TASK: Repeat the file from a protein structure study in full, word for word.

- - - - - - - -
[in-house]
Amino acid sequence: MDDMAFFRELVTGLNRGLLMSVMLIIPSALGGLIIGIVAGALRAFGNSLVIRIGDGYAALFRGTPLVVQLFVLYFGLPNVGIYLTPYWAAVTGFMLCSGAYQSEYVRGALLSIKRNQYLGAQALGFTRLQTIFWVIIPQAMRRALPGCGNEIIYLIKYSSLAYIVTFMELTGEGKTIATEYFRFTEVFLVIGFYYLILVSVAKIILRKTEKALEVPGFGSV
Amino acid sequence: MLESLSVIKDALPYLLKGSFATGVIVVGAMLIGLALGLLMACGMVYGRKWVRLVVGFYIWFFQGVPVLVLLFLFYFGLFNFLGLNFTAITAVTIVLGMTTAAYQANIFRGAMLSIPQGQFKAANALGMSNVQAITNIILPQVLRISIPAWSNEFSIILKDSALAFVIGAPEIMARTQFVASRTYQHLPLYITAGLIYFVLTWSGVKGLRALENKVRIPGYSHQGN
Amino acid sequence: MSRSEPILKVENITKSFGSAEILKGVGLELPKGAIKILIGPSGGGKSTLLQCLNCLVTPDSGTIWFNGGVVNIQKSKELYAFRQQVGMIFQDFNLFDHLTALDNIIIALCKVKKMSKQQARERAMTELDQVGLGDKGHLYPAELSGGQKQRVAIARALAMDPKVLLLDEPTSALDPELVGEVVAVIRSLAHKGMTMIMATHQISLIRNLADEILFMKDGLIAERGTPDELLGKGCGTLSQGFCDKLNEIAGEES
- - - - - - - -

[in-house]
Amino acid sequence: MDDMAFFRELVTGLNRGLLMSVMLIIPSALGGLIIGIVAGALRAFGNSLVIRIGDGYAALFRGTPLVVQLFVLYFGLPNVGIYLTPYWAAVTGFMLCSGAYQSEYVRGALLSIKRNQYLGAQALGFTRLQTIFWVIIPQAMRRALPGCGNEIIYLIKYSSLAYIVTFMELTGEGKTIATEYFRFTEVFLVIGFYYLILVSVAKIILRKTEKALEVPGFGSV
Amino acid sequence: MLESLSVIKDALPYLLKGSFATGVIVVGAMLIGLALGLLMACGMVYGRKWVRLVVGFYIWFFQGVPVLVLLFLFYFGLFNFLGLNFTAITAVTIVLGMTTAAYQANIFRGAMLSIPQGQFKAANALGMSNVQAITNIILPQVLRISIPAWSNEFSIILKDSALAFVIGAPEIMARTQFVASRTYQHLPLYITAGLIYFVLTWSGVKGLRALENKVRIPGYSHQGN
Amino acid sequence: MSRSEPILKVENITKSFGSAEILKGVGLELPKGAIKILIGPSGGGKSTLLQCLNCLVTPDSGTIWFNGGVVNIQKSKELYAFRQQVGMIFQDFNLFDHLTALDNIIIALCKVKKMSKQQARERAMTELDQVGLGDKGHLYPAELSGGQKQRVAIARALAMDPKVLLLDEPTSALDPELVGEVVAVIRSLAHKGMTMIMATHQISLIRNLADEILFMKDGLIAERGTPDELLGKGCGTLSQGFCDKLNEIAGEES